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THIS SUSSEX LIFE. Martin Gosling: “We have the opportunity to treat all Cystic Fibrosis patients”

Martin Gosling, Chief Scientific Officer of Enterprise Therapeutics at Sussex Innovation Centre

Martin Gosling, Chief Scientific Officer at Enterprise Therapeutics, which is working on therapies for Cystic Fibrosis and other respiratory diseases, describes how working with the University of Sussex as a “spin in” biotech company benefits all communities.

There are about 70,000 cystic fibrosis (CF) sufferers in the world, and the UK has the second largest population after the US. CF affects one in 2,500 births, primarily and is the most common genetic cause of death in Caucasians. Although life expectancy is around 40, the median age of death is a lot lower. Many succumb to the disease in their 20s, and that’s a tragedy.

I’ve been interested in medicines since I was very young. My mother was training to be a pharmacy technician before she started a family. She was enthusiastic about medicines and helping people and that rubbed off on me. I ended up choosing to do a degree in pharmacology at Leeds University followed by a PhD in ion channel research at the University of Aston in Birmingham.

I came to Sussex in 2014 after working for 14 years at pharmaceutical company Novartis in Horsham, working solely on respiratory disease. The Drug Discovery Group at Sussex had already been set up and was having quite a lot of success in securing funding for projects, mostly in the neuroscience area, but they wanted to expand the remit to include respiratory disease.

To begin with I was dividing my time between being a research academic and running Enterprise Therapeutics at Sussex Innovation Centre. We established a research group that now supports four post-doctoral scientists. In exchange the University has equity in the company. I describe it as a “spin-in” company. We are a small, nimble organisation that makes and implements decisions rapidly. If we need to have a meeting, we wheel our chairs together and make a decision.

I had co-founded Enterprise Therapeutics, a respiratory biotech company, before coming to Sussex. We had started raising venture capital funding, initially with £1.6 million in 2014, which funded the first year of collaboration with the University. Subsequent investments of £2.4 million in 2015, another £4 million in 2016 and then £29 million in 2018 have enabled us to continue the close working relationship between Enterprise and the University, which is now in its fifth year.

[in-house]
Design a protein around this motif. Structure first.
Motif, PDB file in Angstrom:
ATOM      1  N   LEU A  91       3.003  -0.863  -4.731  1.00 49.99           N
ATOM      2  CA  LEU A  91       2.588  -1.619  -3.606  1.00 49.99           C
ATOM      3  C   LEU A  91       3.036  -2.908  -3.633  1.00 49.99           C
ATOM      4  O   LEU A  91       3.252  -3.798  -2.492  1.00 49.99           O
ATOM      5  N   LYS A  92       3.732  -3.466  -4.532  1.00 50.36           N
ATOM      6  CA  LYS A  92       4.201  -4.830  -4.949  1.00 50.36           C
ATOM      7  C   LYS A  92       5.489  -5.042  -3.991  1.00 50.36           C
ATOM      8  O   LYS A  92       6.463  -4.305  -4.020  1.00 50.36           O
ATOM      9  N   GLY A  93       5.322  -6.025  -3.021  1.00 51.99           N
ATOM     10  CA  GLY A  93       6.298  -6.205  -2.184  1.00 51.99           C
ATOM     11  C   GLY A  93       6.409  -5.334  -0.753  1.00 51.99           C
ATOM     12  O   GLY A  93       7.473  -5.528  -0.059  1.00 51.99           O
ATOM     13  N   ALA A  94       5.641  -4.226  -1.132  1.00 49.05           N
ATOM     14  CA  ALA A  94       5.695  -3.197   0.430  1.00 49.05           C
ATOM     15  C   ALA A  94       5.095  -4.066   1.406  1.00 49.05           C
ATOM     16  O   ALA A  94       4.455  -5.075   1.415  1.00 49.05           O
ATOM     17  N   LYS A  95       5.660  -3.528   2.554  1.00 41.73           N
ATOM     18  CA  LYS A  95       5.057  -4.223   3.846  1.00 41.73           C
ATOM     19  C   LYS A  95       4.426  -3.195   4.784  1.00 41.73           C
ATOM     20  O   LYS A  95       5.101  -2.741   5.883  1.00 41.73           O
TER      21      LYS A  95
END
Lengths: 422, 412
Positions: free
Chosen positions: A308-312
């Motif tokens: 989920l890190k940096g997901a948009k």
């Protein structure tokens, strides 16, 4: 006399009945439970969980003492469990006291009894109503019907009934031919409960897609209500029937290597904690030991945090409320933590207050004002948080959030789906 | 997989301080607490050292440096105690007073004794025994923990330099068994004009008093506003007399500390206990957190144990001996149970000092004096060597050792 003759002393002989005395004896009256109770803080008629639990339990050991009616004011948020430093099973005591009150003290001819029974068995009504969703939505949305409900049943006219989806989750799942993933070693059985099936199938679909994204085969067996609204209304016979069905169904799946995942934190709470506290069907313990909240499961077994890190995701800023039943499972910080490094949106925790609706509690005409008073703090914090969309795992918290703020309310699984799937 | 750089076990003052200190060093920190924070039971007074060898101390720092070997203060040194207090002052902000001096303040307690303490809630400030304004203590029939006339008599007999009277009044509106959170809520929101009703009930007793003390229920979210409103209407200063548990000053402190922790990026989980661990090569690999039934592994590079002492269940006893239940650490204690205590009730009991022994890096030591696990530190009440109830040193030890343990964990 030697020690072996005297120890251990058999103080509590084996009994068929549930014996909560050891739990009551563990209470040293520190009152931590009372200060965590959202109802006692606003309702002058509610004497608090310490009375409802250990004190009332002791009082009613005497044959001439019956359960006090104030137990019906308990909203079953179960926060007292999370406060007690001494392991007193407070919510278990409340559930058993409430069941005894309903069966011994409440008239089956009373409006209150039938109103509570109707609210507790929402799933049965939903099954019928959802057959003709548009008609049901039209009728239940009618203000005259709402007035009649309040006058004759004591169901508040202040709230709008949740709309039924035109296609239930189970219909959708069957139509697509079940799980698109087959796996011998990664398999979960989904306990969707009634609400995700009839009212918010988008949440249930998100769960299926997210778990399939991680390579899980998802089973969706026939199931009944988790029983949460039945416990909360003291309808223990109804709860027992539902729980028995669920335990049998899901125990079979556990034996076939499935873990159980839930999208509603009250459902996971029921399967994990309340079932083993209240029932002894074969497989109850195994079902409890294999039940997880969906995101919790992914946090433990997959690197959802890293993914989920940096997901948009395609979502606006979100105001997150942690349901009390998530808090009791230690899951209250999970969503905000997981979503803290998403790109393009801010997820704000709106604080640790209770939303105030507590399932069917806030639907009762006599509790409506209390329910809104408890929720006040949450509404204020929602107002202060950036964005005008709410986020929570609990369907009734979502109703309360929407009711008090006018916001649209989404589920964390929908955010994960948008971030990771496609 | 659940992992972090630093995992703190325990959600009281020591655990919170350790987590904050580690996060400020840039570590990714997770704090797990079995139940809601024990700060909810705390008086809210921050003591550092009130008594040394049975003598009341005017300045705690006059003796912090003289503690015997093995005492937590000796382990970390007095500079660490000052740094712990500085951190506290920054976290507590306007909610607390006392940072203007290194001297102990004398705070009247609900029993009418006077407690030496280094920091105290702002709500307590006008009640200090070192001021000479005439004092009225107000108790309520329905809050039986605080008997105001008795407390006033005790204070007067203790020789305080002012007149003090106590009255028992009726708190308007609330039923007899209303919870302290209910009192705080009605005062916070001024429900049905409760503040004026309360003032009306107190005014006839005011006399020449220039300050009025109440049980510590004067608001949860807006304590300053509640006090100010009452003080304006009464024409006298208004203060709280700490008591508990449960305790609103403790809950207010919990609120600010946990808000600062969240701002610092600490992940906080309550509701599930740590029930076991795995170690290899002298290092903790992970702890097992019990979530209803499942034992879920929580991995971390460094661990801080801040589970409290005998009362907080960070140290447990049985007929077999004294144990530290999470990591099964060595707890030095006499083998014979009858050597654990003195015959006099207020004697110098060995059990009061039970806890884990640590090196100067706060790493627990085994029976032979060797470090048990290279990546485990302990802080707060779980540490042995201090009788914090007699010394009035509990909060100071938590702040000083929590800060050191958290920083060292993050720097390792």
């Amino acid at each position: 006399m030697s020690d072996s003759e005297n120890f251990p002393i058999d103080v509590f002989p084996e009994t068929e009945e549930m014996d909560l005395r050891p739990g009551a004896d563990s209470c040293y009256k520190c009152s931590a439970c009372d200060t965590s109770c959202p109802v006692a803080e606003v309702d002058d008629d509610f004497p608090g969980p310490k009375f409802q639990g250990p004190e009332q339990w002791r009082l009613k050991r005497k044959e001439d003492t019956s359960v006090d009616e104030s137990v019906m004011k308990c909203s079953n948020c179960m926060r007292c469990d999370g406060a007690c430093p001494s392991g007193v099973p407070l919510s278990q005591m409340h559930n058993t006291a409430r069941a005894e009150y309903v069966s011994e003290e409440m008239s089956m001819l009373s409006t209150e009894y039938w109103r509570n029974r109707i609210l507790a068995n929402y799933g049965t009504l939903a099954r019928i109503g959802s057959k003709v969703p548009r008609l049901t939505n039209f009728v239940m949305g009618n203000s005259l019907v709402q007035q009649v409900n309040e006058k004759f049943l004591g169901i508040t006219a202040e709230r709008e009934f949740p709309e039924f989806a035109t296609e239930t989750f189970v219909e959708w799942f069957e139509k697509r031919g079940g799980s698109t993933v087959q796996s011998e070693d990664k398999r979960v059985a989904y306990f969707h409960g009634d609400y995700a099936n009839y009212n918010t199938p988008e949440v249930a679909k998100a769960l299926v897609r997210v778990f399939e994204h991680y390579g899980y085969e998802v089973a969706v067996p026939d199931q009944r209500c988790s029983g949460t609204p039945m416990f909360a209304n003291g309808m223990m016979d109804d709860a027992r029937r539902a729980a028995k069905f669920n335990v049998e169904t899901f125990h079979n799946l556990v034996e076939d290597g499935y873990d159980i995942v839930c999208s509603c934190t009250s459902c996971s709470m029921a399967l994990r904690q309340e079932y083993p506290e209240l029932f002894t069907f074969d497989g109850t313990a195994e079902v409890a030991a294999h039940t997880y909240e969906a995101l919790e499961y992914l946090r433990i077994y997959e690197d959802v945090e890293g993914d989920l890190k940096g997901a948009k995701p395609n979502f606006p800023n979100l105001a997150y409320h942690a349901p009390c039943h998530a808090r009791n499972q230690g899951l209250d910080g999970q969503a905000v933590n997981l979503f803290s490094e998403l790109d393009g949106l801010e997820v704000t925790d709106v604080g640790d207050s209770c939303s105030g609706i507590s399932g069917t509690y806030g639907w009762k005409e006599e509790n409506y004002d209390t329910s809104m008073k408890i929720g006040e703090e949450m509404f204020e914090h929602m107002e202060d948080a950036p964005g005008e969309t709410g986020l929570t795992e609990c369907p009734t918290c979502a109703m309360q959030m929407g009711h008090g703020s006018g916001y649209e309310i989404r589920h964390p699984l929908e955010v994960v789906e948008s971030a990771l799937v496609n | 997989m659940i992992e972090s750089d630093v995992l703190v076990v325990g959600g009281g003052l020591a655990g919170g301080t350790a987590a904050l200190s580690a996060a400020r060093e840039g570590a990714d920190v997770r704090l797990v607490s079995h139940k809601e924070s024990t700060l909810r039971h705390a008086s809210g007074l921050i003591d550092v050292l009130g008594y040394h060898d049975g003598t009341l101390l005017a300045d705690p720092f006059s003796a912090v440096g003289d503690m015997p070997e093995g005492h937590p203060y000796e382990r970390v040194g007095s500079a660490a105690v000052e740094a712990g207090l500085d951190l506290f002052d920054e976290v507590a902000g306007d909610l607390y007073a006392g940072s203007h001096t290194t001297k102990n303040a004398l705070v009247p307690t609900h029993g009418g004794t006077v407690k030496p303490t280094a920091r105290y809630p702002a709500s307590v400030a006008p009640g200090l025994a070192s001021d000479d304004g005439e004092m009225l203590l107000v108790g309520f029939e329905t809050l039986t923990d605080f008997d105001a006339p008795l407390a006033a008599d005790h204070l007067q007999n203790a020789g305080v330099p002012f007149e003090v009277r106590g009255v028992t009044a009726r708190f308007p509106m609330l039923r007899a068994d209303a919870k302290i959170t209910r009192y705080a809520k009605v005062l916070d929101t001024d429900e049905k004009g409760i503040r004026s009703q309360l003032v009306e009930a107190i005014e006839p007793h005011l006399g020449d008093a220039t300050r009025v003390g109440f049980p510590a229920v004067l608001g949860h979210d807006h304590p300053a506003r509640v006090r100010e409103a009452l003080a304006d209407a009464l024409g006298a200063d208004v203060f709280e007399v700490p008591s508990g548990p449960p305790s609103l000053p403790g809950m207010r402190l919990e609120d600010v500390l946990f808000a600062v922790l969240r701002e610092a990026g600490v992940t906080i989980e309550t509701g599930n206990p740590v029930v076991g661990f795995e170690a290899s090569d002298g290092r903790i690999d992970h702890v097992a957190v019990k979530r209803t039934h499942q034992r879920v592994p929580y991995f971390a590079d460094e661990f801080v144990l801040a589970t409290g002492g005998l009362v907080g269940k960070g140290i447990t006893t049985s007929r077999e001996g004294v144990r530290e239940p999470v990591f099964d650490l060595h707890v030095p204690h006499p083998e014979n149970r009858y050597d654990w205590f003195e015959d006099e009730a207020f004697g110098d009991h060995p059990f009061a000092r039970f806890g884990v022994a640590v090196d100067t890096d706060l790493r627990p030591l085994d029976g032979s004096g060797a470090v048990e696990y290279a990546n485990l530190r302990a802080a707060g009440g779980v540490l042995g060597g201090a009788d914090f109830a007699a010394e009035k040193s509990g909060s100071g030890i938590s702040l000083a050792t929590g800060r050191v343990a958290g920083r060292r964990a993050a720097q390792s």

My background is in ion channel pharmacology. Ion channels are formed by proteins, and are present in every cell of the body. They underlie a plethora of functions including being responsible for electrical conductivity and controlling hydration in your lungs. In CF patients the key ion channels that help with hydration are dysfunctional, which means patients cannot clear mucus from their airways. The mucus blocks the airways and does not effectively clear bacteria, leading to recurrent infections and the need for chronic treatment with antibiotics.

We don’t yet have a cure for CF, but we believe we do have more effective therapies. At Enterprise Therapeutics we’re working on drugs that help to clear this mucus, firstly though switching on an ion channel that helps with hydration, and secondly by switching off a channel that takes fluid away from the airways. Both of these approaches lead to hydration of the mucus, making it thinner and easier to clear.

Potentially, our therapies could replace a lot of other therapies. If we can restore mucus clearance, patients will clear bacteria more effectively, get fewer infections and there will be less of a need for antibiotics. Our therapies have the potential to treat other respiratory diseases outside of CF, including some asthma patients and those with Chronic Obstructive Pulmonary Disease (COPD).

Our molecules will be tested in healthy individuals next year. We’ve already seen success in human cells in the labs. Our hope is that we discover drugs that make it into patients and deliver clinical benefit, ideally in the largest number of patients with the highest need.

It’s always important to remember that at the end there is a patient, and we want to bring benefit to them.We have regular interactions with the key CF patient charities (the CF Foundation in the US and the CF Trust in the UK) that have both provided financial support and highlighted our research and broadcast it to their patients. CF patients cannot commonly get together because of the risk of cross infection, so disseminating information in this way is really important.

There may come a day when you walk into a clinic with CF and you walk out without it because that gene mutation has been corrected. Novel gene editing therapies have the potential to achieve this but their availability is still a way into the future. There have been considerable developments in the effectiveness of drugs to treat CF in recent years, but these don’t treat all patients and do not fully halt the disease. With the therapies Enterprise is developing, we have the opportunity to treat all CF patients, regardless of the type of their gene mutation, and also to offer benefits on top of current options.

This profile is part of our This Sussex Life series.

Enterprise Therapeutics was also featured in the National Centre for Universities and Businesses The State of the Relationship Report, 2019


By: Jacqui Bealing
Last updated: Tuesday, 6 August 2019

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